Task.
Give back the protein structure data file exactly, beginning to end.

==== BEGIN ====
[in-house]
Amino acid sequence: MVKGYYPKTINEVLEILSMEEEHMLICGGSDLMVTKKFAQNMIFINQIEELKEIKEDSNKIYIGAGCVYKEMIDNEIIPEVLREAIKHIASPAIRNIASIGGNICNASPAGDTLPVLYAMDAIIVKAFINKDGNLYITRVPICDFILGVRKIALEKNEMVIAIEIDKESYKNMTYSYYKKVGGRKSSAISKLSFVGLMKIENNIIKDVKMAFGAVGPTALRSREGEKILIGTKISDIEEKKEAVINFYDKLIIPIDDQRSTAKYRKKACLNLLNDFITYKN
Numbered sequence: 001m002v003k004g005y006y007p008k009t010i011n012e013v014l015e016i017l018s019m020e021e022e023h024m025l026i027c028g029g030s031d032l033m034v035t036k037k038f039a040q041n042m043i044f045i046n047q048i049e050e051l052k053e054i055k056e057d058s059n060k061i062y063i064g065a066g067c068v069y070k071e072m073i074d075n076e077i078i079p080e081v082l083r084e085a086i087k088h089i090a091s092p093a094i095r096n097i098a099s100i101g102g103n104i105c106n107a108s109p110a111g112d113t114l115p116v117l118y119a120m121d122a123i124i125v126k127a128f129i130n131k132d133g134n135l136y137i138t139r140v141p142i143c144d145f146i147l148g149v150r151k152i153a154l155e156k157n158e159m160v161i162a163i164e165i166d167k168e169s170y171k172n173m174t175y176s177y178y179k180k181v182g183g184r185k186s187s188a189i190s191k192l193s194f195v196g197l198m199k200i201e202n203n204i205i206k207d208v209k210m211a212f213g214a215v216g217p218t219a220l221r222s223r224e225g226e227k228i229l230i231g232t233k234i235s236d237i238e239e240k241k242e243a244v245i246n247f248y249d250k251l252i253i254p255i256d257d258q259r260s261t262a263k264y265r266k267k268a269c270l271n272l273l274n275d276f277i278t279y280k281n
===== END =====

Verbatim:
[in-house]
Amino acid sequence: MVKGYYPKTINEVLEILSMEEEHMLICGGSDLMVTKKFAQNMIFINQIEELKEIKEDSNKIYIGAGCVYKEMIDNEIIPEVLREAIKHIASPAIRNIASIGGNICNASPAGDTLPVLYAMDAIIVKAFINKDGNLYITRVPICDFILGVRKIALEKNEMVIAIEIDKESYKNMTYSYYKKVGGRKSSAISKLSFVGLMKIENNIIKDVKMAFGAVGPTALRSREGEKILIGTKISDIEEKKEAVINFYDKLIIPIDDQRSTAKYRKKACLNLLNDFITYKN
Numbered sequence: 001m002v003k004g005y006y007p008k009t010i011n012e013v014l015e016i017l018s019m020e021e022e023h024m025l026i027c028g029g030s031d032l033m034v035t036k037k038f039a040q041n042m043i044f045i046n047q048i049e050e051l052k053e054i055k056e057d058s059n060k061i062y063i064g065a066g067c068v069y070k071e072m073i074d075n076e077i078i079p080e081v082l083r084e085a086i087k088h089i090a091s092p093a094i095r096n097i098a099s100i101g102g103n104i105c106n107a108s109p110a111g112d113t114l115p116v117l118y119a120m121d122a123i124i125v126k127a128f129i130n131k132d133g134n135l136y137i138t139r140v141p142i143c144d145f146i147l148g149v150r151k152i153a154l155e156k157n158e159m160v161i162a163i164e165i166d167k168e169s170y171k172n173m174t175y176s177y178y179k180k181v182g183g184r185k186s187s188a189i190s191k192l193s194f195v196g197l198m199k200i201e202n203n204i205i206k207d208v209k210m211a212f213g214a215v216g217p218t219a220l221r222s223r224e225g226e227k228i229l230i231g232t233k234i235s236d237i238e239e240k241k242e243a244v245i246n247f248y249d250k251l252i253i254p255i256d257d258q259r260s261t262a263k264y265r266k267k268a269c270l271n272l273l274n275d276f277i278t279y280k281n